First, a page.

Levee survey open

The Seymour Flood Levee will no longer go ahead.

By Jackson Russell

Community feedback is being sought by Mitchell Shire Council on plans for a proposed levee around Seymour to protect the town from a 1-in-100 year flood event from the Goulburn River.

The levee would provide protection to over 300 residential and commercial properties against a large-scale flood event from the Goulburn River, including essential services such as the hospital and police station.

A flood levee will also provide protection to properties north of the railway line from flooding caused by the Whiteheads Creek.

Council’s planning and investigative works estimate the levee would cost around $20 million.

Council has already secured $6 million of government funding and continues to advocate to close the shortfall in funding.

The levee would be built on the western side of the railway line, cross Emily Street twice near the western and northern entrances to Seymour, follow the Goulburn River and cross High Street south of Whiteheads Creek.

New shared use paths and other recreational facilities along the crest of the levee could also be included in the works.

Due to the the current funding gap and on-going advocacy for project funding, council is looking to determine whether the project should progress or not.

In order to make an informed decision, council is hoping to gain an understanding of the level of support for a flood levee for Seymour.

While the survey is not binding, feedback received will help inform council’s decision whether to progress the levee or not.

A council spokesperson said if the levee project were to proceed and be completed, council would pursue amending existing restrictive flood planning overlays throughout the proposed protected area, seeking to remove and replace them with different development controls that encourage future development and investment within Seymour.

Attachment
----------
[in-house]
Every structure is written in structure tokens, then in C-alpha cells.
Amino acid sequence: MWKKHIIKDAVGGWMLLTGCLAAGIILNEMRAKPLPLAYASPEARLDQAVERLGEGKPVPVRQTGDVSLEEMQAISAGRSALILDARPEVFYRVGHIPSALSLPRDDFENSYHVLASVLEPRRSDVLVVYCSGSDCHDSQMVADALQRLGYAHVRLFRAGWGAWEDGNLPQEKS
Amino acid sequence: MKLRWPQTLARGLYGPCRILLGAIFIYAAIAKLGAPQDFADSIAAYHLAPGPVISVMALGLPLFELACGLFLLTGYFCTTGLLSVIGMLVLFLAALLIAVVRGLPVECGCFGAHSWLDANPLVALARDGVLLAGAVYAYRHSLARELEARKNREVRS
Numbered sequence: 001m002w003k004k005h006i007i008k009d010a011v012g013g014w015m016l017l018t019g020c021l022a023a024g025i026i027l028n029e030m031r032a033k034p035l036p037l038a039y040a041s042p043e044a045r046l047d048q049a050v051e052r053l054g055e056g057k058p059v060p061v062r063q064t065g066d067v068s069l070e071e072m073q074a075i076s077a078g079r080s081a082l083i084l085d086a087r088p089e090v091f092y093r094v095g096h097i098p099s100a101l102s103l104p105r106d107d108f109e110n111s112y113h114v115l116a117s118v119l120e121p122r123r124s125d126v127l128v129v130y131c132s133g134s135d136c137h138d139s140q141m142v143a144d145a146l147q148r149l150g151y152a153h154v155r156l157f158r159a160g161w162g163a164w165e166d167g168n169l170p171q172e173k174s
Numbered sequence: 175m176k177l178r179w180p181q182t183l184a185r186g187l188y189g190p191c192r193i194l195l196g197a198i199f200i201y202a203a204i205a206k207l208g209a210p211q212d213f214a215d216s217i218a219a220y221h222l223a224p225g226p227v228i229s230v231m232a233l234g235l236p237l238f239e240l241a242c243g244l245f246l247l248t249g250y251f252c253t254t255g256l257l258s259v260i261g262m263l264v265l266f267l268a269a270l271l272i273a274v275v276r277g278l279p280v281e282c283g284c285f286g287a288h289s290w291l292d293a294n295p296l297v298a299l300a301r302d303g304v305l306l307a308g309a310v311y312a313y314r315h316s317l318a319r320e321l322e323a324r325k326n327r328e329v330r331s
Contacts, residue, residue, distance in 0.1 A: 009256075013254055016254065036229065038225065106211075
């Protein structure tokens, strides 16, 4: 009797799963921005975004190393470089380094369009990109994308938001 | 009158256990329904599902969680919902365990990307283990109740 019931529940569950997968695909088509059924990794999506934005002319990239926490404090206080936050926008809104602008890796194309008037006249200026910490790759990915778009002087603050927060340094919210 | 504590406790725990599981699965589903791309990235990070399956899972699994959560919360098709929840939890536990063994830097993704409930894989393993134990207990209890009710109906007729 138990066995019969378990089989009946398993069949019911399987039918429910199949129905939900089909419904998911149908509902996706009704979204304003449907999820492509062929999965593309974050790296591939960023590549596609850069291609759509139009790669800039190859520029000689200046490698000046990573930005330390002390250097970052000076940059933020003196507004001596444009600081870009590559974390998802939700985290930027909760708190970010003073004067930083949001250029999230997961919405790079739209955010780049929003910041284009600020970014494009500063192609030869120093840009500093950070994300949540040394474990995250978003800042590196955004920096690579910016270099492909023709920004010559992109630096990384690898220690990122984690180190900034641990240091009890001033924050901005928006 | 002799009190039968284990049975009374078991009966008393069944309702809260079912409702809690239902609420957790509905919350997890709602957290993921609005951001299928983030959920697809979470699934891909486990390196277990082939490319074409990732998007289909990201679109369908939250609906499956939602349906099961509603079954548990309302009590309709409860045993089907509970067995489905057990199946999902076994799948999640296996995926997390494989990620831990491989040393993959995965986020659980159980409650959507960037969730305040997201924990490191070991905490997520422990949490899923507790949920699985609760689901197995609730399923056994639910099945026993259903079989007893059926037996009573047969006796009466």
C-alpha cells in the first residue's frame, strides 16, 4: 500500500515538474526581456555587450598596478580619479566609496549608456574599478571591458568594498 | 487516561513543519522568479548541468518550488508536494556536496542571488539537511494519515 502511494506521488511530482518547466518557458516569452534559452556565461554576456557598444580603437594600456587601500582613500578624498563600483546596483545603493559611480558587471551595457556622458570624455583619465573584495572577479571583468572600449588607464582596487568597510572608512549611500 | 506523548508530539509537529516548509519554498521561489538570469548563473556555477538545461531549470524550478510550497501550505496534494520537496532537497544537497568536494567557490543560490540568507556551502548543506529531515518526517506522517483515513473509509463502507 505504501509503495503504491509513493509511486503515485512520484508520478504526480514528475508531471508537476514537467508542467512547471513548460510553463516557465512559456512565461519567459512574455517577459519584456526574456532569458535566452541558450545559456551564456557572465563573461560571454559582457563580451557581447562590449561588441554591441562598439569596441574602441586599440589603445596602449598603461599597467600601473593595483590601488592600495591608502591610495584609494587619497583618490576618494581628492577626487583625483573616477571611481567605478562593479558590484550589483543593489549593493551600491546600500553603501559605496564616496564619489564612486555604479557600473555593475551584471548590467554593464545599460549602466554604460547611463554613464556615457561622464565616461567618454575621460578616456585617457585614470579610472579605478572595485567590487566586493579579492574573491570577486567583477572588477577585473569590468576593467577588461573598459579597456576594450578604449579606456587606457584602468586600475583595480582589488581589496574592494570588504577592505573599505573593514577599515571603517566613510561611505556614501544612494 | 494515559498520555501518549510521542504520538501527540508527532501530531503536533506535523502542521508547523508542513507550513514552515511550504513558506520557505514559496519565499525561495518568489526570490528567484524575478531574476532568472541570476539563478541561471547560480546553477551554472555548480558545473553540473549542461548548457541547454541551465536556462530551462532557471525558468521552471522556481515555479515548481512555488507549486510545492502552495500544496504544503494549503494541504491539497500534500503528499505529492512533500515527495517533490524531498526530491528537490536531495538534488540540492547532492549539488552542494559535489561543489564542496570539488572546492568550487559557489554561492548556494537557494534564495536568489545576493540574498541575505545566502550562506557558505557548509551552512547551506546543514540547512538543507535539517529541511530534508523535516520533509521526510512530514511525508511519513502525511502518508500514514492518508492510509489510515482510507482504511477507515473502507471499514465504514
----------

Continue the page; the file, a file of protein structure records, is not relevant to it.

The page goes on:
“The construction of a flood levee could also provide opportunities to re-zone other land that is currently unable to be developed due to restrictive development controls,” the spokesperson said.

There has been some conjecture around Seymour as to whether or not the levee should go ahead.

Sartori’s Panel Works owner Fred Sartori is one of numerous business owners in favour of building the levee, not just for flood protection but also to encourage further development in Seymour.

Mr Sartori said building the levee would allow small businesses to prosper.

“It would open up development for the town cost-wise,” he said.

“For it to go ahead and open up the town, I think it’s very important. It’ll open up land everywhere to be able to move forward and allow the town to blossom.”

BEAM Mitchell Environmental Group committee member Peter Mitchell said the group is opposed to the levee for multiple reasons, including the removal of red gum trees from the levee’s proposed path.

“The levee pens the river in which means the forces of floods are going to be greater,” he said.

“We’ve gone through a Seymour Structure Plan and there are a lot of ideas that Seymour needs to turn around, look at the river and use it as an asset for recreation, tourism and all sorts of things.

“People should be aware of the risks when they build and people should have a clear idea of what a flood means for them if they live in a flood zone.”

Council is also keen to understand if landowners who will directly benefit from the construction of a levee are willing to help contribute to costs through a special charge scheme, if no further funds can be contributed by other levels of government.

“Feedback received during consultation will be independently assessed and a comprehensive report will be provided to council that details the community’s feedback on the proposed levee and landowner’s views on paying for a levee,” the council spokesperson said.

“This report will be made available to the community and council will use these findings when deciding on the next stages of the levee proposal.

“Council welcomes the opportunity to involve the Seymour community in this important decision-making process.”

Community members can provide their feedback online at engagingmitchellshire.com/seymour-flood-levee-2019 or by attending a drop-in session to learn more about the levee and speak to the project team.

The first session will be held on Saturday, October 5 at the Seymour Show at Kings Park, followed by sessions at Chittick Park Community Place on Thursday, October 10 from 2-4pm and Tuesday, October 15 from 5-7pm.

Directly affected landholders will receive a letter that will further explain input during the consultation period.

Consultation closes on Friday, 25 October at 5pm.